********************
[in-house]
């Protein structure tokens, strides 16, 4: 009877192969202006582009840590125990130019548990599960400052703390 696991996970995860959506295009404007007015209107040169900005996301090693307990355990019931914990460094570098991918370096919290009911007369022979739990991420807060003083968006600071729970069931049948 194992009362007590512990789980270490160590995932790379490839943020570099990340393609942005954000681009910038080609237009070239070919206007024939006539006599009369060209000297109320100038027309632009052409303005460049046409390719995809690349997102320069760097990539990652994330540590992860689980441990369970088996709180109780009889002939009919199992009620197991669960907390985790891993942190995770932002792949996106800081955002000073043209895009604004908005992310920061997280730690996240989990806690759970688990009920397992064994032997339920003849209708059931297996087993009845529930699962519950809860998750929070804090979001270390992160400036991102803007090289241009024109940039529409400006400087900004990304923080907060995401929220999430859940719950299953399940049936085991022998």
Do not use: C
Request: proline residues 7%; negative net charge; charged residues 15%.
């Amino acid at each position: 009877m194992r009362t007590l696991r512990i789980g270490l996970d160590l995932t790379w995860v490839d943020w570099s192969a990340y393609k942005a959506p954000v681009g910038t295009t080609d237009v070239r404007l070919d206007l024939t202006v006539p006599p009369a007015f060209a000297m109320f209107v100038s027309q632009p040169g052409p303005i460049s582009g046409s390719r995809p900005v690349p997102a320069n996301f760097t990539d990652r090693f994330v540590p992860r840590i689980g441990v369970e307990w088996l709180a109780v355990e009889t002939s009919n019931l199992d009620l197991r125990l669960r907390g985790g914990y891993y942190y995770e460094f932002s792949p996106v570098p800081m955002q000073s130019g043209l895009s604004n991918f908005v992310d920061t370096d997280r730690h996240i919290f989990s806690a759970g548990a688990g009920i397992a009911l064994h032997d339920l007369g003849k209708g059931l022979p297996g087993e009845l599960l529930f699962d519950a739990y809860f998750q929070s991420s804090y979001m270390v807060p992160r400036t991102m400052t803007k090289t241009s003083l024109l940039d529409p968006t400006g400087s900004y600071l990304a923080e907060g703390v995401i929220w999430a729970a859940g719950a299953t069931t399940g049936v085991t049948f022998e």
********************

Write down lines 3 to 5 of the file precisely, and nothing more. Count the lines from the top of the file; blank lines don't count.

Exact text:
Do not use: C
Request: proline residues 7%; negative net charge; charged residues 15%.
């Amino acid at each position: 009877m194992r009362t007590l696991r512990i789980g270490l996970d160590l995932t790379w995860v490839d943020w570099s192969a990340y393609k942005a959506p954000v681009g910038t295009t080609d237009v070239r404007l070919d206007l024939t202006v006539p006599p009369a007015f060209a000297m109320f209107v100038s027309q632009p040169g052409p303005i460049s582009g046409s390719r995809p900005v690349p997102a320069n996301f760097t990539d990652r090693f994330v540590p992860r840590i689980g441990v369970e307990w088996l709180a109780v355990e009889t002939s009919n019931l199992d009620l197991r125990l669960r907390g985790g914990y891993y942190y995770e460094f932002s792949p996106v570098p800081m955002q000073s130019g043209l895009s604004n991918f908005v992310d920061t370096d997280r730690h996240i919290f989990s806690a759970g548990a688990g009920i397992a009911l064994h032997d339920l007369g003849k209708g059931l022979p297996g087993e009845l599960l529930f699962d519950a739990y809860f998750q929070s991420s804090y979001m270390v807060p992160r400036t991102m400052t803007k090289t241009s003083l024109l940039d529409p968006t400006g400087s900004y600071l990304a923080e907060g703390v995401i929220w999430a729970a859940g719950a299953t069931t399940g049936v085991t049948f022998e």